A Survival First Aid Kit is a necessity for anyone interested in disaster preparedness. There is a problem though; many people just play at preparedness like it is a game. They might have a first aid kit lying around but they don’t know what’s in it or whether it even has everything that they need. They have become dangerously complacent. They assume that if something bad happens an EMT will arrive with sirens blaring and save the day…just minutes after they place an emergency phone call. During a National emergency or a disaster their complacency just might cost them a life.
During a major emergency or disaster there
might will be injuries and it may be days before the injured can reach appropriate help. It is completely feasible that your survival first aid kit will save a life or a limb…maybe even your own! Your first aid kit is one of the most important items in your survival gear kit.
Okay, now that I have your attention, exactly what should you have in your survival first aid kit? Is it okay to buy a commercial one or should you put one together yourself? Both questions depend on several factors but it all boils down to this: A good first aid kit is one that will meet your needs.
You may be wondering just how in the world you will know what is needed during this hypothetical future emergency. Truthfully, you can’t, not with 100% accuracy. You can get very close though by carefully considering your environment and evaluating any potential threats.
For instance, if you live in a cold environment a thermal blanket would be good to include in your kit. If there are poisonous snakes where you live then a snakebite kit is in order. You get the idea.
I like to carry the following items in my family survival first aid kit:
- Carrying case. It can be made out of anything but if it is going into a backpack a soft case is recommended. An old soft purse should work fine.
- 25 adhesive bandages (Band-aids) of various sizes .
- 2 rolls of adhesive cloth tape. Get one roll of ½ inch wide and one that is one inch wide.
- 2 compress dressings 5 x 9 inches.
- Small box (18) of Butterfly bandages (Also known as Steri-Strips, Adhesive Sutures, and Adhesive Closures).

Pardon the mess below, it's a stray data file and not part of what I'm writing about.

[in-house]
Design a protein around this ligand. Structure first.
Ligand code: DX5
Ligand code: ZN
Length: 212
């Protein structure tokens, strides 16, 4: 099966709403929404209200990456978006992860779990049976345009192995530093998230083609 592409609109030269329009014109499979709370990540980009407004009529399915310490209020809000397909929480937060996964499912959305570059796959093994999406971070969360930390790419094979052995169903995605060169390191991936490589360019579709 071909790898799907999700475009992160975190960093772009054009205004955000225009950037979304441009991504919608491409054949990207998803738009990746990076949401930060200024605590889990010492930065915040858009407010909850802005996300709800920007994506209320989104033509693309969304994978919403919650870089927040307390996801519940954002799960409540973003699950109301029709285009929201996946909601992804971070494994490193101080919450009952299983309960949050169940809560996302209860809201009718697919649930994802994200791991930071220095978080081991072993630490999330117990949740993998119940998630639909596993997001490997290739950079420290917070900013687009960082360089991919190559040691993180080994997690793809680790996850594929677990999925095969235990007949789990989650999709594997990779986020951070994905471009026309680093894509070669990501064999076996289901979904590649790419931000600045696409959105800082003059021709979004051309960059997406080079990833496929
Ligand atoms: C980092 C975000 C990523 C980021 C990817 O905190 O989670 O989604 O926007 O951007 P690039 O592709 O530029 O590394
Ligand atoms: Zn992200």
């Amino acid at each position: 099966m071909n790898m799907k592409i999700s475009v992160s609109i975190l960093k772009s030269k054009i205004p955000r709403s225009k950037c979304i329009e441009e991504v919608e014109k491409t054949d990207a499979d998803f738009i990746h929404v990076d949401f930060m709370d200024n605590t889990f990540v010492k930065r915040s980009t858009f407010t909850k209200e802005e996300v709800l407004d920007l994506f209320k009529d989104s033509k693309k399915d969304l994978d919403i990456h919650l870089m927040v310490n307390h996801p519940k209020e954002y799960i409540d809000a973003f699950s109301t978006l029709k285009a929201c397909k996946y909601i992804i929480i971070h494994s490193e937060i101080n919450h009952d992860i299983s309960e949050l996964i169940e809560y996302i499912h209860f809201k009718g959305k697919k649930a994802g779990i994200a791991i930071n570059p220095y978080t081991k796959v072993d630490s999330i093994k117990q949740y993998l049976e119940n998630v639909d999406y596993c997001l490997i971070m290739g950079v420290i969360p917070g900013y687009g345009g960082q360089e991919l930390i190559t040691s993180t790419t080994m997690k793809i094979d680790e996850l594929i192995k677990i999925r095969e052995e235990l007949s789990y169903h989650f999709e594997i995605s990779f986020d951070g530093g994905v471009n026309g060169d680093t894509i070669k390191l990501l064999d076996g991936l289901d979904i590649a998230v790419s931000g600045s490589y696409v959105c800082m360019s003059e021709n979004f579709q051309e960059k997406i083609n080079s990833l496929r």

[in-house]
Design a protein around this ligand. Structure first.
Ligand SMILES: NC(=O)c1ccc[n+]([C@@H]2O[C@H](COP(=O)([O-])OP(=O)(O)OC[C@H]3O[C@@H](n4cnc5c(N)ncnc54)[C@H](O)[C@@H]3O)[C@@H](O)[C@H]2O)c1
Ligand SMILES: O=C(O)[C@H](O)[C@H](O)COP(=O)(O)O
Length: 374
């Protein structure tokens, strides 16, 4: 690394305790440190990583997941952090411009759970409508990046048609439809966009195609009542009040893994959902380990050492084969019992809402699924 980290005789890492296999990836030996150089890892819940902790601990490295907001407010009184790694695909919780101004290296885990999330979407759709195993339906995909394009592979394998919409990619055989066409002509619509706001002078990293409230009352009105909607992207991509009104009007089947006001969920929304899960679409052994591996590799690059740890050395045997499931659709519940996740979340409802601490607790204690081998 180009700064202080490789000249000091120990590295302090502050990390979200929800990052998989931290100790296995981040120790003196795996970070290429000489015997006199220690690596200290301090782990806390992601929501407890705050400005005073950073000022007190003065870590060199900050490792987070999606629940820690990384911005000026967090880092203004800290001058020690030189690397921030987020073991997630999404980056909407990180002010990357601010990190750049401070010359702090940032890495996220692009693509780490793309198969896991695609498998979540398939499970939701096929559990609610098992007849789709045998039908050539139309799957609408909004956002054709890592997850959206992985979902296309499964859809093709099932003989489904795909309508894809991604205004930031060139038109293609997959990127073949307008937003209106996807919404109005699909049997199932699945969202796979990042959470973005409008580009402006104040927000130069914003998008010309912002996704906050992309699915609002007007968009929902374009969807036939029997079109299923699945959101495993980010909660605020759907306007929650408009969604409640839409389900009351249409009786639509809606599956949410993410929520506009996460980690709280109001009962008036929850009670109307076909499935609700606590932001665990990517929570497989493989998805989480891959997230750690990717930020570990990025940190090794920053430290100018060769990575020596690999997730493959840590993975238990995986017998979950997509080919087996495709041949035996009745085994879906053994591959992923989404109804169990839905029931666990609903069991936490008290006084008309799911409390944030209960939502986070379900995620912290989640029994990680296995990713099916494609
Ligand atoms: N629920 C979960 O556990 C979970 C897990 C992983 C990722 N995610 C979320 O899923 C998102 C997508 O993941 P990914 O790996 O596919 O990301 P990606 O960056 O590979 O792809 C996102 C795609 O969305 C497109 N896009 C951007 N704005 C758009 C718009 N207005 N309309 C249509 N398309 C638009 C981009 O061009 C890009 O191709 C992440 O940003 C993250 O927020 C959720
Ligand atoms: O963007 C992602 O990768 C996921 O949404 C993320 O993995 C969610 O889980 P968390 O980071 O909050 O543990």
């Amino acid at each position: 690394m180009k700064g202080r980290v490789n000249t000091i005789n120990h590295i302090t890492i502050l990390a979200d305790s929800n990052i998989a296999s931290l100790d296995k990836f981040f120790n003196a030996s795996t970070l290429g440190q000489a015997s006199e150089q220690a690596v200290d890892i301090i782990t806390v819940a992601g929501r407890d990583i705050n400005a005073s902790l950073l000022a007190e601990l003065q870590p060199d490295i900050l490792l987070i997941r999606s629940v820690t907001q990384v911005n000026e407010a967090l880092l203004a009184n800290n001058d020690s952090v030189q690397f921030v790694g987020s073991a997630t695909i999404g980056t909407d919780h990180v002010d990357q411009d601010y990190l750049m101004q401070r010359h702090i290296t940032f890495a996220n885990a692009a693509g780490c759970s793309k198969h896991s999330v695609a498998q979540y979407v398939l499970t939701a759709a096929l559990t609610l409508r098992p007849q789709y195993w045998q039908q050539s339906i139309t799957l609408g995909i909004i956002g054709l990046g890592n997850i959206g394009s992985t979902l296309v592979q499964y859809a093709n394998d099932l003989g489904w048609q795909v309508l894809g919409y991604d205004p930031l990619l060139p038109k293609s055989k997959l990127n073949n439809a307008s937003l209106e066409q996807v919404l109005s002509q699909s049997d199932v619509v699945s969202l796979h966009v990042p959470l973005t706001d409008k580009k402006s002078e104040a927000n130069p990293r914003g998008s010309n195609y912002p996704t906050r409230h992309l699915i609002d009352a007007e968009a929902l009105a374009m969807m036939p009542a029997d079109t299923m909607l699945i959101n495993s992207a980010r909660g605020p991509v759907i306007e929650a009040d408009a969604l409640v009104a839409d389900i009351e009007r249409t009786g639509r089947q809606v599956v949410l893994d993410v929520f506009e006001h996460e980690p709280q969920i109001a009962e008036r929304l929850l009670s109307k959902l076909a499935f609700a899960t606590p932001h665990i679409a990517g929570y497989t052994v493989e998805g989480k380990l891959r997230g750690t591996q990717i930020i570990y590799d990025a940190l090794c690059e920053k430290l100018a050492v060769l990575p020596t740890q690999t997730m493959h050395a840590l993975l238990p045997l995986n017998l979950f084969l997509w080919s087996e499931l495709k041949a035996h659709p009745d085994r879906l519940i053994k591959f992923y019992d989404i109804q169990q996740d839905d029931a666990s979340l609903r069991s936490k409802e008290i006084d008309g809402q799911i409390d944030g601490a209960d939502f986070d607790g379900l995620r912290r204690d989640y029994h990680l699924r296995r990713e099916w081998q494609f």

- 10 (4 x 4 inch) individually wrapped sterile gauze dressings.
- 10 (2 x 2 inch) individually wrapped sterile gauze dressings.
- 2 rolls of 4 inch wide roller gauze bandage.
- 2 rolls of 3 inch wide roller gauze bandage.
- 2 Triangular Bandage (very useful for making slings).
- 1 tube of Neosporin or Bacitracin Ointment as a topical antibiotic.
- 1 small bottle (4 oz) of povidone-iodine 10% (Betadine).
- 2 ice packs.
- 1 tube of First Degree Therapeutic Burn Cream.
- 1 (4 inch) Ace Bandage.
- 1 piece of moleskin (4 x 4 inch) for blisters.
- 1 60 cc Syringe for wound irrigation.
- 1 small bottle of aspirin.
- I box of Benadryl (24 tablets, 25 mg/tablet) for allergies.
- 2 pair of non-latex gloves (large).
- 1 small vial of eyewash.
- Bandage scissors. The blunt kind will not inflict another injury.
- 1 pair of tweezers.
- 2 safety pins.
- 1 MICROSHIELD (for CPR).
- First Aid Manual such as the FastAct Pocket First Aid Guide.
Other items that you may want to include:
- Activated charcoal caps (helps absorb poisons).
- 36 inch Universal Aluminium Splint.
- Survival Blanket.
Here is a good video showing a compact lightweight survival first aid kit.
A good first aid guide isn’t any substitute for training. Everyone in the family should get some first aid training from the Red Cross or another suitable organization in your area.
A good practice is to maintain a survival first aid kit in your vehicle, home, bug out bag, and even your EDC bag. You always want quick access to your kit.
It is also a good idea to check the contents of your survival first aid kit every 3-6 month and replace anything that has expired or has been used. This is also a good time to reevaluate your needs and adjust the kit for any changes that have happened. Once you build your first aid kit and an emergency happens that requires first aid, you will know that you have done your best to be truly prepared.